The Water Elephant - A Public Challenge

Posted by Jeff Wahl on 7/13/2017
The Water Elephant - A Public Challenge
Change occurs when the public works together to achieve a goal.

What you flush is out of sight and mind for most people. The impact of what goes down the drain is an elephant in the room in dire need of attention. Every water source large, small, municipal or rural has come in contact with some level of contaminant.  The argument can be made that there is no "pure" water source left in the province, country or planet anywhere human interaction has taken place.

Toilet Flushing WaterConsider the fact that Ontarian's flush the toilet an average of 68 million times every day or twenty four billion eight hundred twenty million times per year. The nearly 25 Billion flushes annually contribute dramatically to all water sources and what goes down the drain is something that everyone has a role to play.
 
                        Toilets are Flushed in Ontario almost 25 Billion Times a Year.

Don't place old paint, oils, house hold cleaners, grease, personal products, oils or any other product into your toilet. Municipal water systems are routinely clogged with paper towels, dental floss, paper, Q-Tips and even toys. If you are on a septic system flushing any of these items could cause a blockage or failure of the system and lead to water contamination.

Boil water advisories, algae blooms, chemicals and agricultural runoff have become common everyday terms and no longer gain the public attention they deserve. Recent concerns over Pharmaceuticals, heavy metals and emerging contaminants are not generally understood by the public for the risks associated with them.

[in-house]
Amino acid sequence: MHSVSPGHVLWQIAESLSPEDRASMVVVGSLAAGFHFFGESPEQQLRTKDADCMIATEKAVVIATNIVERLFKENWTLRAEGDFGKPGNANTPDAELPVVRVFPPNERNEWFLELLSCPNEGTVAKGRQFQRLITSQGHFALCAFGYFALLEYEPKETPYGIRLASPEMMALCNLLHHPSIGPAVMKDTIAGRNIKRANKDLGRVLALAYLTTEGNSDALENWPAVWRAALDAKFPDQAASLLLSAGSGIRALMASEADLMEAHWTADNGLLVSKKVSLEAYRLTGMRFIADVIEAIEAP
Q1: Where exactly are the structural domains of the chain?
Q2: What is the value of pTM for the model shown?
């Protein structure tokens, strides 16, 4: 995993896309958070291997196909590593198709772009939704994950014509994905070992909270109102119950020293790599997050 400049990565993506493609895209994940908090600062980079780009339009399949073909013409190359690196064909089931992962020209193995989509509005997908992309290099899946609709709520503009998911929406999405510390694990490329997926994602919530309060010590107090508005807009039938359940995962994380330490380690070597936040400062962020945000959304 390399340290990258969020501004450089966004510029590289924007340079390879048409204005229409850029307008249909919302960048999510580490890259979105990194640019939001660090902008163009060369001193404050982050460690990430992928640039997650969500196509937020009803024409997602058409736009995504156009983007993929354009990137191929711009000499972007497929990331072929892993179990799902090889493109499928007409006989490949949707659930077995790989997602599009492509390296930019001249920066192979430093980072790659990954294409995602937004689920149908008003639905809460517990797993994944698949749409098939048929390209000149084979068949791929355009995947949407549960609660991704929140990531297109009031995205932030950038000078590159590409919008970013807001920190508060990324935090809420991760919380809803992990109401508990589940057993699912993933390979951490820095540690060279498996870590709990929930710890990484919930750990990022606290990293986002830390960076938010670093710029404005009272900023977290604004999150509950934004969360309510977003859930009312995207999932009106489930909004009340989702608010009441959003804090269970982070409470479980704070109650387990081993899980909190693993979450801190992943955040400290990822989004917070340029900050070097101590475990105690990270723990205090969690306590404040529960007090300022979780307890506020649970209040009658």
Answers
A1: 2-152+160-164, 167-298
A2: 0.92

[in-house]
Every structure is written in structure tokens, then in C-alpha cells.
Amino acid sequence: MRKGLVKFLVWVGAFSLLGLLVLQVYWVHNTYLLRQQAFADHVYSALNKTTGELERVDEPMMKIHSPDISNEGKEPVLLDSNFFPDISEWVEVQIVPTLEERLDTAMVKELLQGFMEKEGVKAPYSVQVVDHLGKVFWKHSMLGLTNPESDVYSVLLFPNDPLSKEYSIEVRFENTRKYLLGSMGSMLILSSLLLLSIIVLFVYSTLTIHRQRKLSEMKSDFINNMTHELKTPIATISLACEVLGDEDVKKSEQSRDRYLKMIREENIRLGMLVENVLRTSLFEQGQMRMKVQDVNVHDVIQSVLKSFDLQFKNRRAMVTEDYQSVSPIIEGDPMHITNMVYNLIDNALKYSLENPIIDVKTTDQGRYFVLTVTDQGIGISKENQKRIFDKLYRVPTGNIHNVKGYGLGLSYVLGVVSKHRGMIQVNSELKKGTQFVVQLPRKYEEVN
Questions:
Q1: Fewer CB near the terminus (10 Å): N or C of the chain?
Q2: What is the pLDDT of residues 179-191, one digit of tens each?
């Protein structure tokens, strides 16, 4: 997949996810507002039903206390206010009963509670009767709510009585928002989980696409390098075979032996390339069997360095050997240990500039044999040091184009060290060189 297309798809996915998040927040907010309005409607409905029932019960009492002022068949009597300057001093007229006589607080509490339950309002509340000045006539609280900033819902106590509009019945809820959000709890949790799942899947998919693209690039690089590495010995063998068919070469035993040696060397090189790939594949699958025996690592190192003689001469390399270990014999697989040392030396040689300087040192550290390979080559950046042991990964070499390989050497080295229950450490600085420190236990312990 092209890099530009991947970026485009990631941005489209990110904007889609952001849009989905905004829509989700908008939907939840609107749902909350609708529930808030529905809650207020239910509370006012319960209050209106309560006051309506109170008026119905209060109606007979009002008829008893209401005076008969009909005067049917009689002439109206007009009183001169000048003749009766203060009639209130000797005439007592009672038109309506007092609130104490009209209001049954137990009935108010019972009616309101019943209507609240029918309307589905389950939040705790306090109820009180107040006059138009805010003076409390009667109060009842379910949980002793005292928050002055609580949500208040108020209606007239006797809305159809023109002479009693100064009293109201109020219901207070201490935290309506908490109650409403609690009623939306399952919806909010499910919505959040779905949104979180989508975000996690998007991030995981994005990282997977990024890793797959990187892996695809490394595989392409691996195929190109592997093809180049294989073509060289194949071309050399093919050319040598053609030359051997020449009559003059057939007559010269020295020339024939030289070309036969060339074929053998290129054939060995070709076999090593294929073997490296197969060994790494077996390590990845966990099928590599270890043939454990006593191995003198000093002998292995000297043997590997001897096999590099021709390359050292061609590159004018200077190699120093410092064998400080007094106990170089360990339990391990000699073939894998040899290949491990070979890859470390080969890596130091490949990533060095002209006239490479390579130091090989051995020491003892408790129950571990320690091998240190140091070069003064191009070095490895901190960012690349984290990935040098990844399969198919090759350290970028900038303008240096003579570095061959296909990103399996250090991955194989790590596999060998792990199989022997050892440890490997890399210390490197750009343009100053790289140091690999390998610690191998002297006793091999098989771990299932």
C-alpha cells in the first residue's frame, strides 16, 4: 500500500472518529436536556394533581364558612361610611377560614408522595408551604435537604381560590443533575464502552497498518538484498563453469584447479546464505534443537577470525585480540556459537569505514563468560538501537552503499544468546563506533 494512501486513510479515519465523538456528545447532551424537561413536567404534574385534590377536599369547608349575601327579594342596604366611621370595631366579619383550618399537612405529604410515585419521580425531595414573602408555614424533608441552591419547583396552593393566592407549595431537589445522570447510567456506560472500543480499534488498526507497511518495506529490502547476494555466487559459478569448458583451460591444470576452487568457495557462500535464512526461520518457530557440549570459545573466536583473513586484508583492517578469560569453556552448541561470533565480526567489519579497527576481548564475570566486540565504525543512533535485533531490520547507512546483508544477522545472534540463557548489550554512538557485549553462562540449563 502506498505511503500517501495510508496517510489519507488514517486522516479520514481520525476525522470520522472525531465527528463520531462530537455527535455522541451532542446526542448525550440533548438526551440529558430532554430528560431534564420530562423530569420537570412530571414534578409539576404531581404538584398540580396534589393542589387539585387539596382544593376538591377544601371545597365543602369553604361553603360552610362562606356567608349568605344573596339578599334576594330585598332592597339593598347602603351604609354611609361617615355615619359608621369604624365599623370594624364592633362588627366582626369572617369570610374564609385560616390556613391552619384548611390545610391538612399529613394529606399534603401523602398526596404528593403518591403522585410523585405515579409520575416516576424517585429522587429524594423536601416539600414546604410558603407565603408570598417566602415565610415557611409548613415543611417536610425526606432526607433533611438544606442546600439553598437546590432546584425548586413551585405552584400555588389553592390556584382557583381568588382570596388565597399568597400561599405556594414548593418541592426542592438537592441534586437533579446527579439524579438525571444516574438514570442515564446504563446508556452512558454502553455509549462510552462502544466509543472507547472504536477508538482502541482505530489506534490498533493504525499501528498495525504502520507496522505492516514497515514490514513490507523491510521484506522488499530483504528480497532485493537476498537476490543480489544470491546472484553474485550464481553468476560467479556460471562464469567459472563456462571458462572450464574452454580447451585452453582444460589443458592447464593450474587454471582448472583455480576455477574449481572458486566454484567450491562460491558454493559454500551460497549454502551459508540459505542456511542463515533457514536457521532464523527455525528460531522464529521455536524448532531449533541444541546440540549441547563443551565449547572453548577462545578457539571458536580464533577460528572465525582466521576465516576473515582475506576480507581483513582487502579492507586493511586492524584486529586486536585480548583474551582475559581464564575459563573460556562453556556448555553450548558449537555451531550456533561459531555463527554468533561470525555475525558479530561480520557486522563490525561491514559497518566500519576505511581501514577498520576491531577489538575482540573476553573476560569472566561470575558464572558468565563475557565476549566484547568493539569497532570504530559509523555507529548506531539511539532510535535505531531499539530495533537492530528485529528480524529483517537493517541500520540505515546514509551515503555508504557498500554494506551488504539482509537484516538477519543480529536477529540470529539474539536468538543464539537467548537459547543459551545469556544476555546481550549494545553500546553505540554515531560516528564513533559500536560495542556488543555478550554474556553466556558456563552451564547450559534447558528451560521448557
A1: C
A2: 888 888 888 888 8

The complexity of contaminant interaction with water is not measurable in simple terms. It is the role of the individual, government, municipalities and corporations to jointly manage what enters a water supply.  At the core of this is the role that you as the individual have. Consider the impact if everyone had the ability to drop off unused pharmaceutical products at their local drug store with no charge. What if everyone stopped buying cleaning products with harsh chemicals today? This would force corporations to simply change their product to be free from contaminant and eventually you would go to the store and see different line of products on the shelf. 

The power of the individual is compounded when multiplied and change occurs when the public works together to achieve a goal. Governments and corporations will adapt and change if the public will is strong enough. Water is a finite resource that should be every person’s responsibility to manage. 

The complexity of contaminant interaction with water is not measurable in simple terms.

This idea may seem simple and unrealistic. Consider the recycling and smoke free initiatives that are now part of our everyday lives. Questioning what goes down the drain is a very simple idea that can dramatically affect your water quality.


Wahl H2O – Educating Through Awareness
Copyright 2017 Jeff Wahl – Wahl Water | All Rights Reserved
www.wahlwater.com  info@wahlwater.com

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